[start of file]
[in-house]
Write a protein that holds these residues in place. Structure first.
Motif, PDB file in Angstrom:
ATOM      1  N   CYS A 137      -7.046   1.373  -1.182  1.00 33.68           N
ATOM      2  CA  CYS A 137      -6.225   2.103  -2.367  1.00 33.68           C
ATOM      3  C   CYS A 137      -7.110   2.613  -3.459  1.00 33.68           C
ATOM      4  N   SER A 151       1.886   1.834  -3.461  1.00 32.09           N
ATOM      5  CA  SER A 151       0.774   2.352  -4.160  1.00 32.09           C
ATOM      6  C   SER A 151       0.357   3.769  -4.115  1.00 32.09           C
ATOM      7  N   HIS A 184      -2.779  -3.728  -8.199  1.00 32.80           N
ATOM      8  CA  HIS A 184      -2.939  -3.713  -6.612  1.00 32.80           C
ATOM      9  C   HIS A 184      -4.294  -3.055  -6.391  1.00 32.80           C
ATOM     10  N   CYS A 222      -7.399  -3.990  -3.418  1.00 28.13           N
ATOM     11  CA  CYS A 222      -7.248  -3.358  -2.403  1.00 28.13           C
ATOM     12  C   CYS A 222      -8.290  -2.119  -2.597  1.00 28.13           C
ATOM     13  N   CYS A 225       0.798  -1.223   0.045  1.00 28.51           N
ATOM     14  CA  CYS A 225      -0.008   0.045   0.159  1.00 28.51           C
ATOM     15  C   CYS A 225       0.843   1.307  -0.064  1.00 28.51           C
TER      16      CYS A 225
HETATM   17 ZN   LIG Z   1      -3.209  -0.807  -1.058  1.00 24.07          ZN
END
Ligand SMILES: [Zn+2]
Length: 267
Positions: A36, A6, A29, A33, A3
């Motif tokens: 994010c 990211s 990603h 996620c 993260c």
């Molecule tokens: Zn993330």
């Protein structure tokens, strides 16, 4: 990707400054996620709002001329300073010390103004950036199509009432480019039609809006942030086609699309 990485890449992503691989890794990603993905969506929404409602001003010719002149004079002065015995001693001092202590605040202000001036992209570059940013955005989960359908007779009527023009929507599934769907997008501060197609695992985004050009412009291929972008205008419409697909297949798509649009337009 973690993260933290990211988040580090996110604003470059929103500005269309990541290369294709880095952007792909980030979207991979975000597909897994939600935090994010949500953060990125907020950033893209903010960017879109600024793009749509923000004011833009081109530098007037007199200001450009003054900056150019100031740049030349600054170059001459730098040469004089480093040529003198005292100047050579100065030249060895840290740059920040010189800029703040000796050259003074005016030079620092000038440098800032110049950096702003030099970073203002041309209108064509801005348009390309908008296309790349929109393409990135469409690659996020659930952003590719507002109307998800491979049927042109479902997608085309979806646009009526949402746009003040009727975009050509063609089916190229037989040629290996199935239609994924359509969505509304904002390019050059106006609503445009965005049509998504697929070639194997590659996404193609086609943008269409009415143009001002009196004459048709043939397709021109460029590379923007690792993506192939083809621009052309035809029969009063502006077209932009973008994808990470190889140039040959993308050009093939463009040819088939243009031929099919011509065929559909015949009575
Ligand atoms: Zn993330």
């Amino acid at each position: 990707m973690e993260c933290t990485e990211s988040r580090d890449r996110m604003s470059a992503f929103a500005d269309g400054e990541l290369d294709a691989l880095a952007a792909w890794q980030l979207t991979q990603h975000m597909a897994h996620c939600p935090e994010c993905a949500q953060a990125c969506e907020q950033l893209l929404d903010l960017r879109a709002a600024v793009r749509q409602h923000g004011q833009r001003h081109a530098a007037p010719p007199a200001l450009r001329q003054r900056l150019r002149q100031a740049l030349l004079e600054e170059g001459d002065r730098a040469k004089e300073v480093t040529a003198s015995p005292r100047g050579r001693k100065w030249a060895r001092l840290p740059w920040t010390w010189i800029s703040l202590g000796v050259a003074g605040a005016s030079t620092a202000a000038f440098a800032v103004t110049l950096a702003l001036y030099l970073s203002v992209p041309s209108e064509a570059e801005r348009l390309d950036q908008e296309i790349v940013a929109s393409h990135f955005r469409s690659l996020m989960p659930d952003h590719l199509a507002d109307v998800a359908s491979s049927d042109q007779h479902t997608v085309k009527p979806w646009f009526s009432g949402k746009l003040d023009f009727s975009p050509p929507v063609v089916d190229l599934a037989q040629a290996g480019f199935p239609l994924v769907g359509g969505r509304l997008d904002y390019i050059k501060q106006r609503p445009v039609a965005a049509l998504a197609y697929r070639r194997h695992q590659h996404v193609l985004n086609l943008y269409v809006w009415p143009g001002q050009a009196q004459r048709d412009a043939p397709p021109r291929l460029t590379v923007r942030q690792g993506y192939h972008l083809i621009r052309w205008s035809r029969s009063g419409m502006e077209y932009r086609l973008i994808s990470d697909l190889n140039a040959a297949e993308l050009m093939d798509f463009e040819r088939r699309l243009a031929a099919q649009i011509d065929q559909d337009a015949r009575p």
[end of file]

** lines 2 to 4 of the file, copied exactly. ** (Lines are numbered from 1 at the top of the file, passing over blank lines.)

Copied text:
Write a protein that holds these residues in place. Structure first.
Motif, PDB file in Angstrom:
ATOM      1  N   CYS A 137      -7.046   1.373  -1.182  1.00 33.68           N